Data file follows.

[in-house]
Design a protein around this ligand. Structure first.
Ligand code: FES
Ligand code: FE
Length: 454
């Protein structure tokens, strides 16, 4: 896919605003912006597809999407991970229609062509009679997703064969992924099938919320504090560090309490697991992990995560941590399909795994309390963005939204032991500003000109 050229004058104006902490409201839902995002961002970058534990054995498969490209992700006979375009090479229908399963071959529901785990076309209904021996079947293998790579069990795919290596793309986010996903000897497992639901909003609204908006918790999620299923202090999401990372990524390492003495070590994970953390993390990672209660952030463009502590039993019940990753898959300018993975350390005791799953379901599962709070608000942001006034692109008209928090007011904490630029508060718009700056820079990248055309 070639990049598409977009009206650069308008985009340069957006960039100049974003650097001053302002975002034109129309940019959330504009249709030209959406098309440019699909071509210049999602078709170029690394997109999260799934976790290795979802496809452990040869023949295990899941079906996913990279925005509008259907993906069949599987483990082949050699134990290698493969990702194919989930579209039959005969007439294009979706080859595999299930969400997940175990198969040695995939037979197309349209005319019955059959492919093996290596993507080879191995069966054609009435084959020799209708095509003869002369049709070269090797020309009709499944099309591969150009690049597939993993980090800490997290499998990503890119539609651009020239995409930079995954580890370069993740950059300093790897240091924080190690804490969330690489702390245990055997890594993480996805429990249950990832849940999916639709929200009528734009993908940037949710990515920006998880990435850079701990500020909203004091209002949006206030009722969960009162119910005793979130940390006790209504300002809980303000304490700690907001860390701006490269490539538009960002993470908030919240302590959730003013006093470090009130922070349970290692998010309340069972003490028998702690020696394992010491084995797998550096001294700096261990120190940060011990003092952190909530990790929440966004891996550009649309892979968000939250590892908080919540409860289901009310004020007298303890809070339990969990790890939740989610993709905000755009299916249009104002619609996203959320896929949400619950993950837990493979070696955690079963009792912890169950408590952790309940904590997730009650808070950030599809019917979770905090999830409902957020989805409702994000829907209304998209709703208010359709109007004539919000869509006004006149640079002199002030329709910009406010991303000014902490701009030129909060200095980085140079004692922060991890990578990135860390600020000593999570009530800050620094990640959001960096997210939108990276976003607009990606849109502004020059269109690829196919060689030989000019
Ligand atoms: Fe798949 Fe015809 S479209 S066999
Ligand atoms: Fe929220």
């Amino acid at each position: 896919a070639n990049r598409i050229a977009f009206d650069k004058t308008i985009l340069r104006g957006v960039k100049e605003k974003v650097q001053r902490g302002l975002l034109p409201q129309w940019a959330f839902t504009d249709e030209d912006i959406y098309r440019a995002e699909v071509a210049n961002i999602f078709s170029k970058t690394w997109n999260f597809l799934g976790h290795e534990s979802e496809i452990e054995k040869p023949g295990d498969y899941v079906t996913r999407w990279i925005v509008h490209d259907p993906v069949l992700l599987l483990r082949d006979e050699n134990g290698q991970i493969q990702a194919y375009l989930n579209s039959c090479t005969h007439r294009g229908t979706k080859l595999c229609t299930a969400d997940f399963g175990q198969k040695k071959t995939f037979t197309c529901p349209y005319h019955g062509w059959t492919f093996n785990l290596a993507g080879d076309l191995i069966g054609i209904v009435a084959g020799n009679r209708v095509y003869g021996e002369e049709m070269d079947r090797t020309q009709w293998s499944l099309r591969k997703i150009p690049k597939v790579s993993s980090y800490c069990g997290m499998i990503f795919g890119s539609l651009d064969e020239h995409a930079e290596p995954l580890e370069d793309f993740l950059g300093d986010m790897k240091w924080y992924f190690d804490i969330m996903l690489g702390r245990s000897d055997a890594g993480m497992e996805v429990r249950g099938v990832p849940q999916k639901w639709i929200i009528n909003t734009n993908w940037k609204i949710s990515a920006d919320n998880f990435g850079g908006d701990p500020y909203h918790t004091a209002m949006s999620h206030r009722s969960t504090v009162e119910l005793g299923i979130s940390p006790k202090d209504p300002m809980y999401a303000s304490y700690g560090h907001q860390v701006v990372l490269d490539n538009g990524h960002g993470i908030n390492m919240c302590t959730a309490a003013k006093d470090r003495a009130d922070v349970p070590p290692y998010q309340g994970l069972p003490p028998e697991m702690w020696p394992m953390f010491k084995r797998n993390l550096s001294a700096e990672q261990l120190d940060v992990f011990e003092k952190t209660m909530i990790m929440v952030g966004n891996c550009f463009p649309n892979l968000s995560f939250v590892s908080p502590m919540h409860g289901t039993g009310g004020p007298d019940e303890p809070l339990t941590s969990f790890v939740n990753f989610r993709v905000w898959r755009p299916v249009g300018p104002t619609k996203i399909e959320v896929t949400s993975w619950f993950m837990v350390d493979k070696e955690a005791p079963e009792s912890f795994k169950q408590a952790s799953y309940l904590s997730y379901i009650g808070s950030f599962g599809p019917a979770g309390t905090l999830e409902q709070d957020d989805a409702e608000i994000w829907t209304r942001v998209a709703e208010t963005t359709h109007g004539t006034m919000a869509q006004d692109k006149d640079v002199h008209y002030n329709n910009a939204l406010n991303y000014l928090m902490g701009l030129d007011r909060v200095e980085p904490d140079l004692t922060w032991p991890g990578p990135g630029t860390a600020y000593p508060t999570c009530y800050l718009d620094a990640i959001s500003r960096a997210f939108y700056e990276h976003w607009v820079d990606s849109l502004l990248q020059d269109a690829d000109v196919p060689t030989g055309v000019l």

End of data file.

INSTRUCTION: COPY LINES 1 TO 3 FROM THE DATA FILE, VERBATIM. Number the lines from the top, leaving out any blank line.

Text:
[in-house]
Design a protein around this ligand. Structure first.
Ligand code: FES